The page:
Anil K. Sharma, MD
Spine and Pain Centers of NJ and NY
Nervous System Lesioning
Cryogenic lesioning relies upon cooling the tip of the probe to an extremely low temperature to freeze a region of tissue around the tip. These probes are larger in diameter and
the relief offered usually shorter in duration than with other modalities.
Ultrasound energy has been used since the 1950s for lesioning in the brain. It is difficult
to control the size of the lesion and also difficult to monitor the temperature.
Injection of alcohol, phenol or a glycerol has been used to destroy peripheral nerves.
The inability to control the flow of the injected material results in variably sized, irregular lesions. Moreover, this modality confers a significant chance of neuroma (neuritis)
Lasers have also been used to make lesions in the nervous system. Limitations of the
modality include difficulties in monitoring tissue temperature and controlling the extent
and rapidity of tissue destruction.
Radiofrequency lesioning has been used since the 1950s, initially using continuous radiofrequency energy in the 1 megahertz range. 1, 2 The radiofrequency generator is connected
to a needle electrode placed in the body. The current flows between the tissues. The active electrode generates heat, lesioning the target issue. The other electrode is simply a
grounding pad. The mechanism of tissue heating is primarily ionic. 3 The radiofrequency
voltage at the tip of the needle sets up electric fields in the space around the needle and the
heat is generated. The needle itself does not actually heat up. The tip has a temperature
sensor. The equilibrium is usually reached in about 60 seconds. The size of the lesion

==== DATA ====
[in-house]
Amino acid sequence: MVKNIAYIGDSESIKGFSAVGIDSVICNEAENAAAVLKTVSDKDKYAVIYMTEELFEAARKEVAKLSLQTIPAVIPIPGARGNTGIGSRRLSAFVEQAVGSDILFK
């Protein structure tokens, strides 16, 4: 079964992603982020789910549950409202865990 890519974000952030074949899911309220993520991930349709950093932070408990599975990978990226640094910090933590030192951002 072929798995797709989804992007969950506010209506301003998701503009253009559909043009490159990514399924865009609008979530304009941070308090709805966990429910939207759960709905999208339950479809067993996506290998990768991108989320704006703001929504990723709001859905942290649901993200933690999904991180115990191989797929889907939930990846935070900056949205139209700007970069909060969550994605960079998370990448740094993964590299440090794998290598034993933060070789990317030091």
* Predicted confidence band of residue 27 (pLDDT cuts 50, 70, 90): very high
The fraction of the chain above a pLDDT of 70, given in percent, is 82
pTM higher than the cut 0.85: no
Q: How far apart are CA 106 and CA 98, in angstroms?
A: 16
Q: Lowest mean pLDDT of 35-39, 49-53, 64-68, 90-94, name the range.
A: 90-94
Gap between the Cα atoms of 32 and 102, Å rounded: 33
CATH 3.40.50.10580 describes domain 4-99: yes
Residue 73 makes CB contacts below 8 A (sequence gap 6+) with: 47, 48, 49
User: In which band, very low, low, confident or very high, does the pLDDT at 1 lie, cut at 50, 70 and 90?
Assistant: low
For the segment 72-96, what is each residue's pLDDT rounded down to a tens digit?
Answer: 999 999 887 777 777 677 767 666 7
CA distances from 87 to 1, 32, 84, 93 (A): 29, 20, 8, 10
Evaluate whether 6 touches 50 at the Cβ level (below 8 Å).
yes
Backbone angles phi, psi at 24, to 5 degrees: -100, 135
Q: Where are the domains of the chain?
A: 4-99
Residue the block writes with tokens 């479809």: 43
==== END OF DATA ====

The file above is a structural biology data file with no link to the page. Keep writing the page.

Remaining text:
depends on the length and diameter of the electrode tip and the temperature generated.
In radiofrequency denervation a Teflon-coated electrode with an exposed tip is inserted
close to a nerve. When a high frequency electric current is applied, it concentrates on the
exposed tip and heating and coagulating the immediate surrounding tissues.
Indications of Radiofrequency Denervation
Zygapophysial (facet) joints have been implicated as a source of chronic pain in 15% to
45% of patients with chronic low back pain. 4-11 Radiofrequency denervation is indicated
in the treatment of facet joint mediated back and neck pain. While physical examination
and imaging may suggest the facets joints as a possible pain generator, evidence suggest
their clinical specificity is quite low (is this ok?). The diagnosis of zygoaphophysial joint
pain can be further assessed with either by intra-articular injections or by anesthetizing the
medial branches of the dorsal rami that innervate them. Usually two sets of diagnostic
injections are done, and these should be medial branch blocks. Local anesthetics with
a different duration of action can be utilized. After each diagnostic injection, the patient